We’re in the midst of a fourth wave of feminist activism and theory. Each successive wave has had a particular focus. The first, embodied in the Suffragette movement and suffragists, resulted in enfranchisement for women and, finally, a more complete form of democracy.
The second wave, peaking in the 1960s and 1970s, is usually characterised as focusing on body and home – the contraceptive pill and the legal structure of marriage both featured strongly. The third wave of the 1980s is a little more mysterious. Most academic commentators suggest it had an internal focus, as feminist activists and theorists suggested celebrating women’s agency and personal choices. Now this fourth wave appears to be affecting the workplace more than anywhere else.
There are still plenty of sex- and gender-based inequalities across the world and across industries. Politics, media, the arts, sport, religion – all have been shown up recently for reproducing inequality, exclusive practices, and violence against women (both symbolic and physical). Within this, two clear themes have emerged as central to today’s feminism: sexual assault and pay.
Talking about pay
Legislatively, there’s been one key change in the UK – a requirement for companies to publish overviews of what women are paid compared to men. This is one of MP Harriet Harman’s central achievements in her lifelong pursuit of gender equality. The amendment of the Equality Act she fought for requires organisations employing more than 250 people to report on pay differentials between men and women. It is generating a very un-British transparency on pay, a notoriously sensitive aspect of work.
Some organisations have already published their reports. The airline easyJet reports a very high 51.7% difference – in other words, the average man employed there is paid half as much again as the average woman. Accountancy firm PwC reports a 34.4% and 13.1% pay gap for its two arms, oil company Shell 21.7%. You can check the employers’ reports here.
Most organisations explain this startling difference first off by protesting that a gender pay gap does not mean unequal pay for the same job (that would be illegal). Then they carefully explain that most of the highly paid employees are men. This occupational segregation, they say, means that it’s not really discriminatory, in the sense of equal pay for equal work.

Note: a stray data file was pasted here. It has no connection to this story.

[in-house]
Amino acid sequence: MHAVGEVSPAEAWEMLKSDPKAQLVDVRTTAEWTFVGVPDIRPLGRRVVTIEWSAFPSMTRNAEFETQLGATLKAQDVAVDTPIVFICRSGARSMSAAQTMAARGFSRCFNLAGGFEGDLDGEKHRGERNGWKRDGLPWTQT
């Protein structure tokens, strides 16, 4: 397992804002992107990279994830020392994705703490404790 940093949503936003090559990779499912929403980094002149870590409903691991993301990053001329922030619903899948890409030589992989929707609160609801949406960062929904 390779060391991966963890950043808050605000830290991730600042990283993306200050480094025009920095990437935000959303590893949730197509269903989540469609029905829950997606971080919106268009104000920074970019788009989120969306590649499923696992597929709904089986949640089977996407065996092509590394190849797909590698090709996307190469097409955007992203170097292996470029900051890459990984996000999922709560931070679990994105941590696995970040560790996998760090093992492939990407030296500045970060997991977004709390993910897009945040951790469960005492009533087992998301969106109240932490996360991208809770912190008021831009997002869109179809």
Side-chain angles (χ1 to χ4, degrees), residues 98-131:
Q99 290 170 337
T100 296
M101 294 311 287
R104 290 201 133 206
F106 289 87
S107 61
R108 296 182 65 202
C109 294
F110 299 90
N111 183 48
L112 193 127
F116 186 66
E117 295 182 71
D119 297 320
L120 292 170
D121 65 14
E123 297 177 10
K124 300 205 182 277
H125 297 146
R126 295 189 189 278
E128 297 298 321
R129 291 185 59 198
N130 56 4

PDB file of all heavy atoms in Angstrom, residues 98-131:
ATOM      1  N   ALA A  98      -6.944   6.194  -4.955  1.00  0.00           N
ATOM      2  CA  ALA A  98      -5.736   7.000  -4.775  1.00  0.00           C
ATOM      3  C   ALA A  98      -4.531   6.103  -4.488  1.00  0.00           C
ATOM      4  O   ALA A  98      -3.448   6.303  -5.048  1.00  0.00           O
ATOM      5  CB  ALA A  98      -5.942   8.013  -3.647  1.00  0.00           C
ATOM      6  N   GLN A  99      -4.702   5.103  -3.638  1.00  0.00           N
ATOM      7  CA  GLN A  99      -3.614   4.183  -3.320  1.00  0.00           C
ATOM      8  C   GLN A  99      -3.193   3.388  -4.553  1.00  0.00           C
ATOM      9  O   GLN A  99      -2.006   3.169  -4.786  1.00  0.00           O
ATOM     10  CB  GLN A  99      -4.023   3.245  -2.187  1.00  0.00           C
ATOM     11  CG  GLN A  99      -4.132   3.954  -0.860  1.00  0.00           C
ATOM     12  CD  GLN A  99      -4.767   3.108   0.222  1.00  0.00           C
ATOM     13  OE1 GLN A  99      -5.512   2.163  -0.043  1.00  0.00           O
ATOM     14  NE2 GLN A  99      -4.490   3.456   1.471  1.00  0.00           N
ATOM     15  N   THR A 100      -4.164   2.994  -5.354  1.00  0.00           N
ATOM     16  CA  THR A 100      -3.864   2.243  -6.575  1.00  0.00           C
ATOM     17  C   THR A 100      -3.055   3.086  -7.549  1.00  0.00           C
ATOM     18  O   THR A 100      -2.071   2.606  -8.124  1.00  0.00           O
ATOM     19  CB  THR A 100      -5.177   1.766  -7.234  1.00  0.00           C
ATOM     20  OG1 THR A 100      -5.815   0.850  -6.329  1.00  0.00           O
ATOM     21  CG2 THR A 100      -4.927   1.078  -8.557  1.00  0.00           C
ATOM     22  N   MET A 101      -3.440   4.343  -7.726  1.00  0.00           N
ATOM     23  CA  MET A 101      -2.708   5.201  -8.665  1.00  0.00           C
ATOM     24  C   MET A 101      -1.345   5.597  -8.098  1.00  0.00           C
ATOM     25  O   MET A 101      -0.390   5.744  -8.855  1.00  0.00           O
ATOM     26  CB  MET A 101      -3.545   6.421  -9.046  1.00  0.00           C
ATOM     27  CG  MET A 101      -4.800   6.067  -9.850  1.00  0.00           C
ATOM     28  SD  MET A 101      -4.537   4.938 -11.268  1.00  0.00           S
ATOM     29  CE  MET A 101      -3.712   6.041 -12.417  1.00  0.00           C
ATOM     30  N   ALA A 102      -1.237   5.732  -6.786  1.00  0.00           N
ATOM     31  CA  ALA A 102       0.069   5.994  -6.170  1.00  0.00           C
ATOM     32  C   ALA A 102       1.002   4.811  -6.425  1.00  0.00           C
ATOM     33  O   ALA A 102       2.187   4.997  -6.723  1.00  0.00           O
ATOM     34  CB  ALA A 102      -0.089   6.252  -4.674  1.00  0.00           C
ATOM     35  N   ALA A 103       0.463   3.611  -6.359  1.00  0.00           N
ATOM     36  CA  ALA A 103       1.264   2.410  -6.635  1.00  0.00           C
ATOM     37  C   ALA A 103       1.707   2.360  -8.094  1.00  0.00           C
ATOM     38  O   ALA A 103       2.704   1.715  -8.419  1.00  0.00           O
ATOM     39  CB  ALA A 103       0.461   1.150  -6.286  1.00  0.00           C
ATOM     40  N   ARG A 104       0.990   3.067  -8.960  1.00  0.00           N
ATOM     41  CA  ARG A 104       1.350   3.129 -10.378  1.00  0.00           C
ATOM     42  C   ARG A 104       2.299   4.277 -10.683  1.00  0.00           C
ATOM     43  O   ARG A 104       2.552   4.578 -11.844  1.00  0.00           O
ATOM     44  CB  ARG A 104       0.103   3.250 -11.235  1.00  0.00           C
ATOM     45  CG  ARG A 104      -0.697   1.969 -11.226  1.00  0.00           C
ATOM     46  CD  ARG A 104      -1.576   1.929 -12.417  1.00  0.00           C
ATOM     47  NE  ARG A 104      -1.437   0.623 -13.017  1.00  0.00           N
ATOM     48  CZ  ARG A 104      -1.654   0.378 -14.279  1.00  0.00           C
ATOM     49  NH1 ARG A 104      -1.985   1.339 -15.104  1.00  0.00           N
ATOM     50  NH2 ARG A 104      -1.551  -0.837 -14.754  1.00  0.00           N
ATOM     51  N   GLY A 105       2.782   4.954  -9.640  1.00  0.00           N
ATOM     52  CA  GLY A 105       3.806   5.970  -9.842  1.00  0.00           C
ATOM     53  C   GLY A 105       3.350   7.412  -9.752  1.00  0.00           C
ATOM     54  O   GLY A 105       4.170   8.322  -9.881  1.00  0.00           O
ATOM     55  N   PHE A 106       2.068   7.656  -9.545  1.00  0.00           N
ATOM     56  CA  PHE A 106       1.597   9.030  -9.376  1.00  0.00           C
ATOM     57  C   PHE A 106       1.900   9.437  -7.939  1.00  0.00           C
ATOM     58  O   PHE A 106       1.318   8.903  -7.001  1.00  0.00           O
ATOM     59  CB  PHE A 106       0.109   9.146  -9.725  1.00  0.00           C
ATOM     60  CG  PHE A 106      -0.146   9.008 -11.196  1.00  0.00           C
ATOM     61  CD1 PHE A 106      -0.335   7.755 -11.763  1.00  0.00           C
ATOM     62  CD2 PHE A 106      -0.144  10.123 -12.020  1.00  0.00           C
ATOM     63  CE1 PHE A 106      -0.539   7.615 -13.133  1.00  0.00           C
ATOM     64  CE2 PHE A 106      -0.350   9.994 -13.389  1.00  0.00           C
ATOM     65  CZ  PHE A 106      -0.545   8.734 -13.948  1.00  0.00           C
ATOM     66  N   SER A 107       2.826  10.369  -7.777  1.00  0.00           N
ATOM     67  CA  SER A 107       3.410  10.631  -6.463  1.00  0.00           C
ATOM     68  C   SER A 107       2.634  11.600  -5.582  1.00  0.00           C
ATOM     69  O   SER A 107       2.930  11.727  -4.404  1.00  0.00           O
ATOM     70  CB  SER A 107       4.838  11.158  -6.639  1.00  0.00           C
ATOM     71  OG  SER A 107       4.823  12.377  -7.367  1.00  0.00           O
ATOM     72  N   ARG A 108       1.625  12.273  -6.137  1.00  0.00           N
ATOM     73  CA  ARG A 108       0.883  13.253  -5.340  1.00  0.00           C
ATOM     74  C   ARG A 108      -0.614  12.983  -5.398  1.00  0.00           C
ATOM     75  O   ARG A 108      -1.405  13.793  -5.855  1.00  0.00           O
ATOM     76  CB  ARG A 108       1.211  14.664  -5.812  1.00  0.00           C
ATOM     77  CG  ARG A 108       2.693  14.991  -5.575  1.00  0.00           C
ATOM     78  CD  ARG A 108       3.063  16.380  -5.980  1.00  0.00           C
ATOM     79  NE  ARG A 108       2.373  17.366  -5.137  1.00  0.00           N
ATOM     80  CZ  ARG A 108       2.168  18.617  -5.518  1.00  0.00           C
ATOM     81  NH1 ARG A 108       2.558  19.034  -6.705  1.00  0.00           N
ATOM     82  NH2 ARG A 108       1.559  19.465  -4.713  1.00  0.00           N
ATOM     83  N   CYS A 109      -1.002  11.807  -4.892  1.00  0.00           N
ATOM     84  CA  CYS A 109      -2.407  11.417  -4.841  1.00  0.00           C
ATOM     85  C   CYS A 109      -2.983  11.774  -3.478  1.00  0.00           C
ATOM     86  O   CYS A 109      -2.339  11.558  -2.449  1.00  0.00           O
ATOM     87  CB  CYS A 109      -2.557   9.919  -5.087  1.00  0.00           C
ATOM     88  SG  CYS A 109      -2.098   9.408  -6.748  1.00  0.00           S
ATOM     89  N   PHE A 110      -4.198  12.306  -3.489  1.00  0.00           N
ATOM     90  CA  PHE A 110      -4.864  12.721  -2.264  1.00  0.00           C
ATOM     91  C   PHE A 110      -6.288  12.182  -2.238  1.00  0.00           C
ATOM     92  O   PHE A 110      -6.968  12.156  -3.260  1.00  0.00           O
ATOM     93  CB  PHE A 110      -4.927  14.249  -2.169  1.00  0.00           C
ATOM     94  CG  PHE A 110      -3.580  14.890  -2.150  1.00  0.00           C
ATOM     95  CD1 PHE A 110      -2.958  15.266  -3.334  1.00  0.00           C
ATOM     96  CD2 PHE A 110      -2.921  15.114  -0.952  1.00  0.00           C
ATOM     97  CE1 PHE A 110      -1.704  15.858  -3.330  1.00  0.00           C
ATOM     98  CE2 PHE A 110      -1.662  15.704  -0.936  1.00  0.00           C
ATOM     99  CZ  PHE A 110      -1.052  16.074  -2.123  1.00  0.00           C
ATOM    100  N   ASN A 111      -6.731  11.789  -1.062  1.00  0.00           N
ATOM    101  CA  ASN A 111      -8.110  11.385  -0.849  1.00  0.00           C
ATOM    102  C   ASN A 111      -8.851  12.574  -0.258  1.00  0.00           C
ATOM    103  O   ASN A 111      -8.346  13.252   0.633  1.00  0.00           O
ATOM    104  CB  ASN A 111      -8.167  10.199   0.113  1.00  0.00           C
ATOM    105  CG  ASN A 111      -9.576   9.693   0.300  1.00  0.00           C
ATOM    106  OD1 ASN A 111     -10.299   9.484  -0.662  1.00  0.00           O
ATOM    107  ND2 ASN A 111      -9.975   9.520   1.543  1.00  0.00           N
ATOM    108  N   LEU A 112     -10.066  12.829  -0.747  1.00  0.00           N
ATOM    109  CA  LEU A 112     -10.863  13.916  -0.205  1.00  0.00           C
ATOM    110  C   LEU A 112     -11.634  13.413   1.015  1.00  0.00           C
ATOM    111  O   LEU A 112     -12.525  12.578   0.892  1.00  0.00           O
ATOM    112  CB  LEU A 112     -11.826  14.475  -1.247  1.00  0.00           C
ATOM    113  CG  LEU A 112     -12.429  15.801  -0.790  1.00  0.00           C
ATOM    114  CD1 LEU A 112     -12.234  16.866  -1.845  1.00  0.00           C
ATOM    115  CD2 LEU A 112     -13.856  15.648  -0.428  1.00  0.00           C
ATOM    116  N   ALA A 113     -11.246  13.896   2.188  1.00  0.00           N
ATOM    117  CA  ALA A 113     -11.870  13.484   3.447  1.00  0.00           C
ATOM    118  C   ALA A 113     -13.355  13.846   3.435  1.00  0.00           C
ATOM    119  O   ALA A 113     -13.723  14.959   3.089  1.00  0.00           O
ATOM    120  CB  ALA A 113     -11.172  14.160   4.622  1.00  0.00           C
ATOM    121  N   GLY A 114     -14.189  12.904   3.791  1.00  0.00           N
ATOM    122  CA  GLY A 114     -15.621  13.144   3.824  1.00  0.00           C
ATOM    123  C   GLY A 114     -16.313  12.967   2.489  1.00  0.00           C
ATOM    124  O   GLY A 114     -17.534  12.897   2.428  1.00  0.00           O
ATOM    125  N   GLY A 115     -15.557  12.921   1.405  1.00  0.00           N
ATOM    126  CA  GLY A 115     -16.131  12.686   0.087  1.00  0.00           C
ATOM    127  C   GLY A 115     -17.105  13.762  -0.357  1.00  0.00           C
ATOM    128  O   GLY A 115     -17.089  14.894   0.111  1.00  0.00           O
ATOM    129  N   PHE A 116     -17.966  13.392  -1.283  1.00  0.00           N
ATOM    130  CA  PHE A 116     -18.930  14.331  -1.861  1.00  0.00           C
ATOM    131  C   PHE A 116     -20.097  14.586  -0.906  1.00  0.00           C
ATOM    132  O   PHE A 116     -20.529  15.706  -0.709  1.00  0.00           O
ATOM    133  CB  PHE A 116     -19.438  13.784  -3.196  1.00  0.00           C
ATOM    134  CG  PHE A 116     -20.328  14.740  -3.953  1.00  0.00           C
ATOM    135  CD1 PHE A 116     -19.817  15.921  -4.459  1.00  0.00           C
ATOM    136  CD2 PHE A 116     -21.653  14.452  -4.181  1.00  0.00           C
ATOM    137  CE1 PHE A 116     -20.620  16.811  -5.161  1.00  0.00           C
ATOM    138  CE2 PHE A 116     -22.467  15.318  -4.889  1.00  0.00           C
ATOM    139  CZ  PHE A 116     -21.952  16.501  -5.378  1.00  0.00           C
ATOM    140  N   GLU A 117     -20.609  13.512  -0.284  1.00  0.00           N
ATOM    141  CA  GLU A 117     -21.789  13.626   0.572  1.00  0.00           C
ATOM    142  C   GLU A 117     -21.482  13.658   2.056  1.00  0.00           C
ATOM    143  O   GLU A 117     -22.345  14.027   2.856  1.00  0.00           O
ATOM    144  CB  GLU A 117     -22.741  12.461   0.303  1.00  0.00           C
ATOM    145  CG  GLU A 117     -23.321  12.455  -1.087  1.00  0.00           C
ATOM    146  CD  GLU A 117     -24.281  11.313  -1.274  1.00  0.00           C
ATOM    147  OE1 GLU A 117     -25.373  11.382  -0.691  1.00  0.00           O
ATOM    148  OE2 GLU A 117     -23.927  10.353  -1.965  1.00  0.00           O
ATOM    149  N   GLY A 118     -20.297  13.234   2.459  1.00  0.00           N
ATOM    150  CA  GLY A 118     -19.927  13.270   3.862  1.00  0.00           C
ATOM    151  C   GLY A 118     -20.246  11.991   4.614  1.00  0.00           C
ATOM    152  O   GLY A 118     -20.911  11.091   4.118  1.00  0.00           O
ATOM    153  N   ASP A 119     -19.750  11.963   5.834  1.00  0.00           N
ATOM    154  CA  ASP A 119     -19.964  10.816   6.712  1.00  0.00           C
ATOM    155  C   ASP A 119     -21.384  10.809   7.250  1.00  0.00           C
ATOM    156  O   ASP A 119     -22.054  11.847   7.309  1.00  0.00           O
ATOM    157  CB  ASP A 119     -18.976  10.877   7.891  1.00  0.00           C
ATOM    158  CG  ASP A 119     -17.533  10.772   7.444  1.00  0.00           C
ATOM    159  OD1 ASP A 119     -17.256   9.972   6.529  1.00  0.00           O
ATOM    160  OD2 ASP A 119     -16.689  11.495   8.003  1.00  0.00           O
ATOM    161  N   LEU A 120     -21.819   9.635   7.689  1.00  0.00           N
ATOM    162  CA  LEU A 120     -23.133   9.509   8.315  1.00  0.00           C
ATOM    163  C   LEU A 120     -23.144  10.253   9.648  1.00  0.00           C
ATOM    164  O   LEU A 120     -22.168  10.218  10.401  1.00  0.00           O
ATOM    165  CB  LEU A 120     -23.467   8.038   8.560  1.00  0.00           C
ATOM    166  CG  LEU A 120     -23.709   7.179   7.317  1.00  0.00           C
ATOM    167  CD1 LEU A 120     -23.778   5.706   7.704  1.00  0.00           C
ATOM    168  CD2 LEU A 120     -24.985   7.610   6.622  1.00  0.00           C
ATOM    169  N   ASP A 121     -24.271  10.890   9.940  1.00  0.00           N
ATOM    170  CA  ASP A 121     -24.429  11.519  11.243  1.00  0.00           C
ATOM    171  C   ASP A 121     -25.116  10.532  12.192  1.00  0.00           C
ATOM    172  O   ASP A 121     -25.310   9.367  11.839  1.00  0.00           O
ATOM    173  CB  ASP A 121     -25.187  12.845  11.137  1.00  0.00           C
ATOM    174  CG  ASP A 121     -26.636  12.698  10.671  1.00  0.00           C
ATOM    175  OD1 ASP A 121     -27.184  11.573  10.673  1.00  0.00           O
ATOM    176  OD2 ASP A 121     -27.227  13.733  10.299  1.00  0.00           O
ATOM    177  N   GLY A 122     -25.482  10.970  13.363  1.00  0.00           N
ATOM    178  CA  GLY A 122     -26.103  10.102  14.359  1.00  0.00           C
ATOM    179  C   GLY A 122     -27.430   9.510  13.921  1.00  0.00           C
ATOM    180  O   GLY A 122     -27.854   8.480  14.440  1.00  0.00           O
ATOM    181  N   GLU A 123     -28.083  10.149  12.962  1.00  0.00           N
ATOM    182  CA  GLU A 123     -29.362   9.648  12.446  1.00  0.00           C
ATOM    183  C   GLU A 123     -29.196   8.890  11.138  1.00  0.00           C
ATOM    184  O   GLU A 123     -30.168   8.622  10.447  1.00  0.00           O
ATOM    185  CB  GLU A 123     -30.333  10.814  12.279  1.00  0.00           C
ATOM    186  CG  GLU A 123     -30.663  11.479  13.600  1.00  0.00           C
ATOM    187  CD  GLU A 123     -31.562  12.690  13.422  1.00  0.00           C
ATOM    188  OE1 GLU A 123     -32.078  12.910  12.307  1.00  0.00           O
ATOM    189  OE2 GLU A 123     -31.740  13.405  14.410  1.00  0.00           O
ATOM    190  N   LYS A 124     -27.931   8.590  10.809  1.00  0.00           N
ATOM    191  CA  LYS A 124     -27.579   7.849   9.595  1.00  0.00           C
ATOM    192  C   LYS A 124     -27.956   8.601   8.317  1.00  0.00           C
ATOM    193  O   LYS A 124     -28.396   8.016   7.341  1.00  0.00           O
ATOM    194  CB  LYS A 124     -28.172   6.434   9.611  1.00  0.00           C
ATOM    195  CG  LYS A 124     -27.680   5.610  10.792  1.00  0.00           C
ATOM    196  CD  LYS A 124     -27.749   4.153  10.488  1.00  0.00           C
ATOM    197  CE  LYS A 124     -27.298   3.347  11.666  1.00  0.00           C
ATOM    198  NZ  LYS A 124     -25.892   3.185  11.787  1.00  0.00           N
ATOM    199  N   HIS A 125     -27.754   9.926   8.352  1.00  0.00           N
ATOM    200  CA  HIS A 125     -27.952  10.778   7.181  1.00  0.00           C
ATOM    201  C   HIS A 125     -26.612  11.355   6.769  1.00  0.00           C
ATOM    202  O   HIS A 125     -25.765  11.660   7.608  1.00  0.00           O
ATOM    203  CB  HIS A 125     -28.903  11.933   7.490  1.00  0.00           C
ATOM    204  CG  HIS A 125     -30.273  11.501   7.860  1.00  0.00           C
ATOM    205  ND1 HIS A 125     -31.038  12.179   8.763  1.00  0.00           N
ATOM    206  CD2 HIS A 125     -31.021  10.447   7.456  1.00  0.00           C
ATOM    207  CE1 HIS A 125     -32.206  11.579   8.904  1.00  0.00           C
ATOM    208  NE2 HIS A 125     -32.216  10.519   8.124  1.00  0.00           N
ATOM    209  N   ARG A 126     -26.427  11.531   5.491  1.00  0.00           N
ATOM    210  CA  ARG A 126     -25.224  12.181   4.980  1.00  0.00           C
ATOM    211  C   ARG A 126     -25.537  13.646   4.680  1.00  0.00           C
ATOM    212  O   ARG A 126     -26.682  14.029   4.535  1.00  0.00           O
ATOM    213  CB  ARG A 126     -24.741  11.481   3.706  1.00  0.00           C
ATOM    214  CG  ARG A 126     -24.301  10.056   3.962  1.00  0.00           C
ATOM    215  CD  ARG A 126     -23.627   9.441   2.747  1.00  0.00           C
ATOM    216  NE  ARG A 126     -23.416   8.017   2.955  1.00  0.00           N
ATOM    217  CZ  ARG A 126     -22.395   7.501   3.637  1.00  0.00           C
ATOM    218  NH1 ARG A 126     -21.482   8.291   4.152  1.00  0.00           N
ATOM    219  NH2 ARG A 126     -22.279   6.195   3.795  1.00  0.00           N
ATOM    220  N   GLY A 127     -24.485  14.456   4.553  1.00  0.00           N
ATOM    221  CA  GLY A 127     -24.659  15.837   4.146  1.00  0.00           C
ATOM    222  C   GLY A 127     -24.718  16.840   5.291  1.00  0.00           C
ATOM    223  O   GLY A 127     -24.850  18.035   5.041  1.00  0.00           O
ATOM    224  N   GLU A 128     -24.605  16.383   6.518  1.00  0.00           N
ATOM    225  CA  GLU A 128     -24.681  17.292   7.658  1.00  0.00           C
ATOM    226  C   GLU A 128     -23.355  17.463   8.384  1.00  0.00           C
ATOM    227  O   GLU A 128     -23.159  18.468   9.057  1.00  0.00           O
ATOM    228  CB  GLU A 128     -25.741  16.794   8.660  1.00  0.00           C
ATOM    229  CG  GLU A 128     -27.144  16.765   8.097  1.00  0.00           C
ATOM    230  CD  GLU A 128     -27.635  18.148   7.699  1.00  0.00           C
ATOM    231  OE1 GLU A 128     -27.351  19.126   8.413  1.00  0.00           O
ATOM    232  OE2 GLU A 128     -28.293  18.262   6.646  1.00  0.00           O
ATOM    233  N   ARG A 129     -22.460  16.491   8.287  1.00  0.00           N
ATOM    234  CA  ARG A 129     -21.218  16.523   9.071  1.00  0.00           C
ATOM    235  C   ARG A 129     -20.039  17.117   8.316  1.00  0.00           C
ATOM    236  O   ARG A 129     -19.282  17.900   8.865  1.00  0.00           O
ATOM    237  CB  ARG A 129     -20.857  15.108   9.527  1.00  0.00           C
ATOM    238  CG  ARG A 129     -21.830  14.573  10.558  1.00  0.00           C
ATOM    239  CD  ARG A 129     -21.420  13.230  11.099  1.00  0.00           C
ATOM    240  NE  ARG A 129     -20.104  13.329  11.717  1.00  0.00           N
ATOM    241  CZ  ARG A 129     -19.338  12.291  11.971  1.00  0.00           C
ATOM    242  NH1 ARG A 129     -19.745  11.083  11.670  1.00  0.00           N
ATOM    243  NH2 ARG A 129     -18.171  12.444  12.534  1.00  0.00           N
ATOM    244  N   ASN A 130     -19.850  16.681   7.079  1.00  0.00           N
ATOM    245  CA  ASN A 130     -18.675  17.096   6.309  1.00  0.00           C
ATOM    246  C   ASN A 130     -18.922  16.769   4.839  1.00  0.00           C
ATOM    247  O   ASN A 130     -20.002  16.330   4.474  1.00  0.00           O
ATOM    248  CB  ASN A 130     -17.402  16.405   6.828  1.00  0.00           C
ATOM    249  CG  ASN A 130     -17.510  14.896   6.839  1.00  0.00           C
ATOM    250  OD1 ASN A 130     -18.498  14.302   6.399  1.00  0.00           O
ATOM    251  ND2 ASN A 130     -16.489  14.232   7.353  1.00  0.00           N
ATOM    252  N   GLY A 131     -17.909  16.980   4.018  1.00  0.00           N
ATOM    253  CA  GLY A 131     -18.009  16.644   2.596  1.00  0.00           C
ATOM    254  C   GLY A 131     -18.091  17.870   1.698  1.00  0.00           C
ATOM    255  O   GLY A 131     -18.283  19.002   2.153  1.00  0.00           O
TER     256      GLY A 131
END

Lessons from the BBC
One British public sector organisation – the BBC – has been the focus of intense debate. As so often in the story of a sensitive workplace issue, it begins with a whistleblower – Carrie Gracie, a journalist with 30 years’ service, latterly as China editor, one of the most prestigious positions in the corporation’s news service.
Gracie discovered that her male counterparts in other regions were being paid up to 2.5 times more than her for doing similar work. She resigned, perhaps in part in order to be able to speak freely – which she then did, with anger, dignity, and persistence.
Gracie’s brave actions, and the wider realisation that many women in the BBC are being paid less than men doing similar work, provoked both mobilisation – the BBC Women group formedto protest this injustice collectively – and a mixture of disdain and defensiveness from men.
Notably, one of the BBC’s highest paid presenters, John Humphrys, was recorded joking to one of Gracie’s more highly paid equals, Jon Sopel: “Oh dear God, she’s actually suggested you should lose money.”
We don’t know what Sopel thinks about this as a possibility. Humphrys’ tone seemed to be a mix of amusement and horror. Yet Humphrys has agreed to a pay cut following a somewhat embarrassing public response to what he called his “banter”.
So is this the answer? If men gave up some of their pay cake, would equality happen more quickly? And, perhaps more important, would men agree to it?
Slicing things differently
These questions are interlinked. We know from every previous wave of feminist activism that many men fear loss of status and power, two things manifest in work and pay. And resistance to this can be individual or institutional – British trade unions were notorious in the 1960s and 1970s for protecting men at the expense of women, often arguing against regrading or attempts to recognise skilled work done by women. Some professions are also fiercely resistant to greater diversity and inclusion.
So it’s very doubtful that individual action will have any effect. Most managers would respond to a request for a pay cut with puzzlement, and then maybe gratitude at the chance to cut the wage bill. But there’s no guarantee that the saving would be redistributed. In fact it would be very difficult to transfer this through the bureaucracy of the average organisation, in which pay is negotiated either individually or through trade unions.